KHEDIRA 6.5 – Worked hard to protect the defense from Napoli’s sustained pressure throughout the game. I’m worried about fatigue for the German, though. He’s played an awful lot of minutes lately for both club and country.
RINCÓN 6.5 – Gritty, snappy performance by the battling Venezuelan midfielder. He did basically what we expected him to do: disrupt the play, make tough tackles, and help solidify the midfield. Dunno what on earth he was doing for that chance before the first goal, though…
STURARO 7 – Fantastic touch and assist for the first goal. He basically did the same that Mandzukic does on that wing, except that Sturaro is a little bit smaller and with a slightly less creepy smile.
DYBALA 6.5 – Subdued performance today, perhaps because Hamsik was on some inexplicable personal vendetta with La Joya, intent on picking a fight at every possible occasion. Linked up well with the midfield though.
CUADRADO 7 – Excellent awareness and presence-of-mind for the assist on the second goal and generally did well in the duel with Ghoulam. Confident display by the Colombian.
HIGUAÍN 8 – Fantastic brace for the ex-Napoli man. Covered a tremendous amount of ground and truly sweated blood for the team in such an intimidating encounter.
PJANIC 6 – It wasn’t really the time for him to show off his flair, given the heated atmosphere around the game and Napoli’s attacking momentum. Picked up a yellow card as well.
BARZAGLI 6 – Defended well in his short 15-minute cameo to solidify the defense and guide the team to the finish line.
LEMINA N/A – Lovely footwork in the last seconds of the game to bamboozle a few Napoli defenders, though!
ALLEGRI 6.5 – Much, much, much better performance of the team than on Sunday’s nervy encounter. The game really would have been just fine if it weren’t for Neto’s best attempts to bring some excitement to it for the neutral. Passing moves flowed much better and the team, quite surprisingly, seemed more comfortable than on Sunday. Off to the final then!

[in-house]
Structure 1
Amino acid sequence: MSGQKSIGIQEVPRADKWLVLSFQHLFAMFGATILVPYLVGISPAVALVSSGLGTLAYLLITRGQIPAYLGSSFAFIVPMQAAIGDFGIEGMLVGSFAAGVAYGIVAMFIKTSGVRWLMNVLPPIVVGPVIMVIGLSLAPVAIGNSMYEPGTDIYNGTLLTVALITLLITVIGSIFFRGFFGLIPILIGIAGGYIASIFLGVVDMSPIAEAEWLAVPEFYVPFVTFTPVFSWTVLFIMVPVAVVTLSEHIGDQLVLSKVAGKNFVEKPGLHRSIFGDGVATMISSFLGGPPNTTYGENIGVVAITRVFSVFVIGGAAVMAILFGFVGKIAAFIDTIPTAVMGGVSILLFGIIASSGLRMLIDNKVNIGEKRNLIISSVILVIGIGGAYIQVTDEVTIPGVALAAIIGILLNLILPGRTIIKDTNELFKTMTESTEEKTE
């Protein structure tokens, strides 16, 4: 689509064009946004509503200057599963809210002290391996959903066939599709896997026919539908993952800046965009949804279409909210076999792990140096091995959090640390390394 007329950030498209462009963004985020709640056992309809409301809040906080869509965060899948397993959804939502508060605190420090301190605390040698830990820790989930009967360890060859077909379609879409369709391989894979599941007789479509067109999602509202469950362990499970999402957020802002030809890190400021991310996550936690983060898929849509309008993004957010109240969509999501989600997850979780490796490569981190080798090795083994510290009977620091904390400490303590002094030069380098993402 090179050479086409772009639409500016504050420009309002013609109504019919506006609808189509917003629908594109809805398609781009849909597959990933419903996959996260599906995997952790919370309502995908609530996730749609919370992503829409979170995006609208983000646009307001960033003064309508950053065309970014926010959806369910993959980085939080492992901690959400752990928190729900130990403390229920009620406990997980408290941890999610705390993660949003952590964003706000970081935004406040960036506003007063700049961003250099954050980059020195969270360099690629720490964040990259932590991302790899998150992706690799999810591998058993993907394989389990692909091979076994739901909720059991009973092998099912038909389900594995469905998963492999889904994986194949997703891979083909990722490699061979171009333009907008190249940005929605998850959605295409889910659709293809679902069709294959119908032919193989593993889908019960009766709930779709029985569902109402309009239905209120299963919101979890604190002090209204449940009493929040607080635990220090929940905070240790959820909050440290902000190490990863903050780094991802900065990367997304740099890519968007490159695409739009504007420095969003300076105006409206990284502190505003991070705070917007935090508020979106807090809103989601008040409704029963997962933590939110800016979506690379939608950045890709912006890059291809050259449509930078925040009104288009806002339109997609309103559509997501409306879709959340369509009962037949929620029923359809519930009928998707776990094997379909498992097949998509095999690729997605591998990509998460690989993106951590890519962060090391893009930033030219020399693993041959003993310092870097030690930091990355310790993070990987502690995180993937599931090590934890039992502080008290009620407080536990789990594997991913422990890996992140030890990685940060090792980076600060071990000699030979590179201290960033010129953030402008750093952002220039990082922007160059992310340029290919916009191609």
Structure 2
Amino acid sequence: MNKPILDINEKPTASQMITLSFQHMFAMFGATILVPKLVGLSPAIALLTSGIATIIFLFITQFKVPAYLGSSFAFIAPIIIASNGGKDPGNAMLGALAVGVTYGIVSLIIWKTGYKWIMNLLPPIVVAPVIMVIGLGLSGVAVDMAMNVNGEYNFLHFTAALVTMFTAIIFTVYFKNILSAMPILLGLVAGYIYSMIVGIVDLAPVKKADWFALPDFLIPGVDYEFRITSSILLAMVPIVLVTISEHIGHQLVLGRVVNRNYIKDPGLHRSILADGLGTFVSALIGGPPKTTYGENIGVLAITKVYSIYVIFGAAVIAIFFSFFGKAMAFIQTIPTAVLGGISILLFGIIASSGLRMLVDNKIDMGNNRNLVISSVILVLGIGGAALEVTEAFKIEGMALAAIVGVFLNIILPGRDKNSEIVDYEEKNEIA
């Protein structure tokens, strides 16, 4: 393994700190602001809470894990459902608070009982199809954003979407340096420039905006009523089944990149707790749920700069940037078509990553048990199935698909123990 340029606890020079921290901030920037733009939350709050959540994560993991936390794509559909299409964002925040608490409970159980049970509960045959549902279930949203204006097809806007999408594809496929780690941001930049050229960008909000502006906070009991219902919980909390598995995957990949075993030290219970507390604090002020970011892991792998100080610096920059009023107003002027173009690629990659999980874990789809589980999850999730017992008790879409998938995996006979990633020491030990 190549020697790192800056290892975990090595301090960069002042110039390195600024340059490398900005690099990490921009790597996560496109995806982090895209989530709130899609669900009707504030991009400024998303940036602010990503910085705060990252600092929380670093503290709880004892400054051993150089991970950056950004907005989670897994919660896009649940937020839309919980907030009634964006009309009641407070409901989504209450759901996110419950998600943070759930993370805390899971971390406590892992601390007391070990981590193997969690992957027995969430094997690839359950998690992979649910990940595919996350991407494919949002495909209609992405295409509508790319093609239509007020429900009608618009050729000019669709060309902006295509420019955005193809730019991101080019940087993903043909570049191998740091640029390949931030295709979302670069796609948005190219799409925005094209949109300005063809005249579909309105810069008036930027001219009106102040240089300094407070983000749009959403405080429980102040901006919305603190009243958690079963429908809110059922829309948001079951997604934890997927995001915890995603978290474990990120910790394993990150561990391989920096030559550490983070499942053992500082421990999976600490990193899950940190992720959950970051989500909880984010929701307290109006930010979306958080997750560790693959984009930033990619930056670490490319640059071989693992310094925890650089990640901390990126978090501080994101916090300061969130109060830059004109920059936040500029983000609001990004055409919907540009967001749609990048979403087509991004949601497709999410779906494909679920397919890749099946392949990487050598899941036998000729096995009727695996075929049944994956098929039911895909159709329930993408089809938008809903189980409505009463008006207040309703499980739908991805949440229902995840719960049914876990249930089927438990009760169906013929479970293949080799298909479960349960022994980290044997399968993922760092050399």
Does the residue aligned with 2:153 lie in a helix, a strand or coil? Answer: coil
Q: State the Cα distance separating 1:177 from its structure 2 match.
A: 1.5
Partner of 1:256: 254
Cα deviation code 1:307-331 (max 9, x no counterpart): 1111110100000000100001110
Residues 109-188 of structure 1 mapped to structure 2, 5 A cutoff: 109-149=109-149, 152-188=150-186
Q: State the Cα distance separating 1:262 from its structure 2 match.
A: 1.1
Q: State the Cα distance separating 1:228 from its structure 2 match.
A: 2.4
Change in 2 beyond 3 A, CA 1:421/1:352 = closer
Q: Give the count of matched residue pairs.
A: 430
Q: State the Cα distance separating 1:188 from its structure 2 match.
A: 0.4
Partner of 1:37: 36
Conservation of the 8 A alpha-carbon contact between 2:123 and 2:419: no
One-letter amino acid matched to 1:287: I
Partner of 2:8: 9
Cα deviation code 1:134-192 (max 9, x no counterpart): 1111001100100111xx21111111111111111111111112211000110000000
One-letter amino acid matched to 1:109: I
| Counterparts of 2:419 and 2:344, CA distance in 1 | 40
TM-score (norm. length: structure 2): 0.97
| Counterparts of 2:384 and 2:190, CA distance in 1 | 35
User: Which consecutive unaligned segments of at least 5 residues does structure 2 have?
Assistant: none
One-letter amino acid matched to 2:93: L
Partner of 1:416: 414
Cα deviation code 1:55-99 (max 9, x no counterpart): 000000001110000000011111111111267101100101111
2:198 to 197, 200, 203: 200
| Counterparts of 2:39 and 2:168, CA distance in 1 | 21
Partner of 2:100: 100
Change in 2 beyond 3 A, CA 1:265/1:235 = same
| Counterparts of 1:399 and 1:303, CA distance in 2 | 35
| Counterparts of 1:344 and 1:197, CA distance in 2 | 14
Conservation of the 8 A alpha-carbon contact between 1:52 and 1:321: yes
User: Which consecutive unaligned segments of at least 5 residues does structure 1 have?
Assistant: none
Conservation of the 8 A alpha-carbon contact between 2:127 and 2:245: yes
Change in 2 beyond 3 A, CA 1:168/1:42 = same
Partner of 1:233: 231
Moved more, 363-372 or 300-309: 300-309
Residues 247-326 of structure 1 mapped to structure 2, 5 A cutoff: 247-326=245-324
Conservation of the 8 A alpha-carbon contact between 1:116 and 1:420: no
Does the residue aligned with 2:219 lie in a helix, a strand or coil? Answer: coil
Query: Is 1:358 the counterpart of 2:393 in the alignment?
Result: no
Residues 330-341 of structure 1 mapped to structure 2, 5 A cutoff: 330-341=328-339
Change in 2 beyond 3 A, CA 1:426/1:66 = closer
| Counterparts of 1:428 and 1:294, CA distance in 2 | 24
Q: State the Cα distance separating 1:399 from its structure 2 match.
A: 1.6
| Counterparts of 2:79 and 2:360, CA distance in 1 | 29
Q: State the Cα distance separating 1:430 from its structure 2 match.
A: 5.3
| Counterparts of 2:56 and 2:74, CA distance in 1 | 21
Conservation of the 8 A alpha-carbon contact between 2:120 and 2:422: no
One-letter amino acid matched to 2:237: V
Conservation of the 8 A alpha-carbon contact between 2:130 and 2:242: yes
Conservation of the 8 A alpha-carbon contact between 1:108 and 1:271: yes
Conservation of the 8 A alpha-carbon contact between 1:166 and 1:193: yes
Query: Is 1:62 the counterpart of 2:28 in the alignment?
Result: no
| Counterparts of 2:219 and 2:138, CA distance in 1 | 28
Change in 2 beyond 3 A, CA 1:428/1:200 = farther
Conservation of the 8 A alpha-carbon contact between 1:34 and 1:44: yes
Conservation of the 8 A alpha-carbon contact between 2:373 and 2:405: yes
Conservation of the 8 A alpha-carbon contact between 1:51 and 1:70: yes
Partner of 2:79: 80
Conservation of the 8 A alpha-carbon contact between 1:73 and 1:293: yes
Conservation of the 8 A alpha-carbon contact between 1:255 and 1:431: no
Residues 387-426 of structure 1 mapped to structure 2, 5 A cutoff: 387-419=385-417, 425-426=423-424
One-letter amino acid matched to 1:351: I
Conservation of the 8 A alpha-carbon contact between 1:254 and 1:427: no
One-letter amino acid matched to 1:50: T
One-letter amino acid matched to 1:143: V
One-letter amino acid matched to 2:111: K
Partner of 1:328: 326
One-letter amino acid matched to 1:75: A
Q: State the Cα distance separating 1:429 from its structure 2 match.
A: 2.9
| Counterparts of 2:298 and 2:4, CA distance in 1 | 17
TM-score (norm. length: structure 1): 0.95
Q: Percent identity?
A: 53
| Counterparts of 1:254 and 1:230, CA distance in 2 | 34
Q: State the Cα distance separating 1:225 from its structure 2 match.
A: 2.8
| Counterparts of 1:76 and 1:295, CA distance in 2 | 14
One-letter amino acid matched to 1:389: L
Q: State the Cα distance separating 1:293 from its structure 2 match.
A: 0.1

Tactical Analysis – More of the same
Given that I’ve analyzed two other Juventus v Napoli games this season, and the tactics from both teams on this occasion was basically identical to those from the previous encounters, I will gracefully skip the tactical analysis for this match and direct you to those games if you want to read about the tactical setups (here and here).
The Darkness Within Us
In closing, I don’t really want to talk about the football because at many times tonight, the game was not about the beautiful game. The match was littered with a worrying amount of foul, unpleasant play — constant bickering, lack of gamesmanship, players looking to get into arguments at almost every encounter, and niggly little fouls. This wasn’t just the ugliest possible side of football, it was the ugly side of us as human beings. It’s remarkable to see what we’ll do to win a game of football and how much of our positive traits we’re willing to sacrifice in the process. This wasn’t just the obscenely obnoxious and unbearable Callejón, but it was also Dybala at times and Alves at other times. Besides, we all know how Stephan Lichtsteiner can be the Master of the Dark Arts himself and how Dybala rolls around far too much when he’s fouled. Nevertheless, we’re in the final, but I grow increasingly worried of how far football players are willing to go to win a game…
Remember that darkness lingers in every heart – Master Eraqus